Domestic violence on the rise, economy could be to blame -, South Georgia News, Weather, Sports

Domestic violence on the rise, economy could be to blame

By Christian Jennings - bio | email

Cairo, GA (WALB) - Valentine's Day proved to be a violent one in Grady County. The Sheriff's office got seven calls of domestic violence cases.    

A weekend that's supposed to be full of love, proved the opposite in Grady County with a spike in domestic violence. 

"This valentines day you'd think that'd be the time people, especially spouses would get along, but we had seven calls this weekend on domestic violence. That's over double the calls received during a typical weekend," said Sheriff Harry Young.

 If the numbers seem odd, Psychologist, Dr. Phillip DeBose has a possible explanation. "It's not too surprising, because emotions are charged. People who may have been letting things go between their partner might look at things more strongly with all the focus on love, being together...if somebody didn't do enough, if somebody did too much...." said DeBose.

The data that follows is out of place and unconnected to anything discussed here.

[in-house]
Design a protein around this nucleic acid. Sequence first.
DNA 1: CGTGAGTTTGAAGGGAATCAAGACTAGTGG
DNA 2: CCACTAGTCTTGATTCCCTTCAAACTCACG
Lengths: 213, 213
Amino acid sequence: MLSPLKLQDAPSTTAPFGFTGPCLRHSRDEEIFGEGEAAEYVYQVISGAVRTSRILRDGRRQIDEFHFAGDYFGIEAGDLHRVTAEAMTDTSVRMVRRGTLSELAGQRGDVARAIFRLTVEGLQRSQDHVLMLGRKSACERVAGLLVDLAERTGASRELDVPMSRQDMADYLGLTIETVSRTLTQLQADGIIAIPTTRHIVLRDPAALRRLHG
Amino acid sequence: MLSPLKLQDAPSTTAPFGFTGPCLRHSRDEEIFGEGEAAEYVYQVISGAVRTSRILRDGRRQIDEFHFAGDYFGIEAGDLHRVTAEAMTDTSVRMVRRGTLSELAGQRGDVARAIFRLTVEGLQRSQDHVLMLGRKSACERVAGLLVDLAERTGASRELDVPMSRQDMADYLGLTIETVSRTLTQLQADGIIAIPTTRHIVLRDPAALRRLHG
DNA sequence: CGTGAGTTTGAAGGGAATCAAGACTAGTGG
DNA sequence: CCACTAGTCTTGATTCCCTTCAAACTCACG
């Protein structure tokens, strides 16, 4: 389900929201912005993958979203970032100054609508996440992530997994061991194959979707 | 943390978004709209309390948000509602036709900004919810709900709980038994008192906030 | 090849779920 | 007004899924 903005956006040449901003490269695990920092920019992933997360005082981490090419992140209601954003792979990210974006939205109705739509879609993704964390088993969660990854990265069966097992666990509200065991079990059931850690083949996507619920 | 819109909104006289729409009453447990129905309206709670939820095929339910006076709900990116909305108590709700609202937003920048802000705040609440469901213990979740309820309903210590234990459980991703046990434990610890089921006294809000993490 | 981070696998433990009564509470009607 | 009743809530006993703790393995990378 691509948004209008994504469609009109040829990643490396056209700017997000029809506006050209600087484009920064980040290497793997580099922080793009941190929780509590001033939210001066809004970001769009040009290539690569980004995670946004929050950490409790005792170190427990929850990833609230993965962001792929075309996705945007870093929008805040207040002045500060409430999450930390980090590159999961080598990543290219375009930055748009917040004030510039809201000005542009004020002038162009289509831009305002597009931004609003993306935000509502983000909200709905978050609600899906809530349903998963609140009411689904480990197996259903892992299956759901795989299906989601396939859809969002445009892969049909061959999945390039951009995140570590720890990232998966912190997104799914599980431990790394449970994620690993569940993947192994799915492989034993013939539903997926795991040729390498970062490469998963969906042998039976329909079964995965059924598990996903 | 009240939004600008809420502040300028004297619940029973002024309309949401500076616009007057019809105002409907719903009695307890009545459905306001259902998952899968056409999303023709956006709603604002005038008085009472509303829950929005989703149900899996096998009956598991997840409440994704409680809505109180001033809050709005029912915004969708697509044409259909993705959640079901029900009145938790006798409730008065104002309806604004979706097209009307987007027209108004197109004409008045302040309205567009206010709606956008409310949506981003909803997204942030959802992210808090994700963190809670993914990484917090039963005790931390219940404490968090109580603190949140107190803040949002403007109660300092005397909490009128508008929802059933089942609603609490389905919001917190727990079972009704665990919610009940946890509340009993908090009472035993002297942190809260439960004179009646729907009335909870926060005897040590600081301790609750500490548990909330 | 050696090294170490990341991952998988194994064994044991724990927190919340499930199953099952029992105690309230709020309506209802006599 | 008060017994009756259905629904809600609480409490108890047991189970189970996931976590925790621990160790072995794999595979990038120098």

But could the economy, too play a role in the abnormal increase of domestic disputes? "We've seen a tremendous increase in domestic violence, alcohol use, and drug use. And I think it all stems from people not having money, they're losing their jobs," the sheriff said.

A recent blow to Grady county came two weeks ago, when Timken announced 54 layoffs, with no guarantee more aren't to come in the future.

Dr. DeBose says finances are the number one problem couples bring to his table, and can play a big role in family abuse. "Talk to each other, but if that's broken down , then talk to others. And anybody else stands to be of help unless they are egging it on. But pastors, counselors--  if it's gotten to the point of violence, they need professional help."

Sheriff Harry Young says his department usually deals with the same couples, but now, that's not necessarily the case. "We've experienced a lot of different calls to homes we've never been to before for domestic violence. Drugs and alcohol almost always play a part in domestic violence."

Counselors and law enforcement warn, it's never the answer to financial troubles.  Counselors say warning signs that your spouse may become violent include verbal abuse, Drug or alcohol abuse, and violence toward family pets.

If you recognize these signs, seek help immediately.


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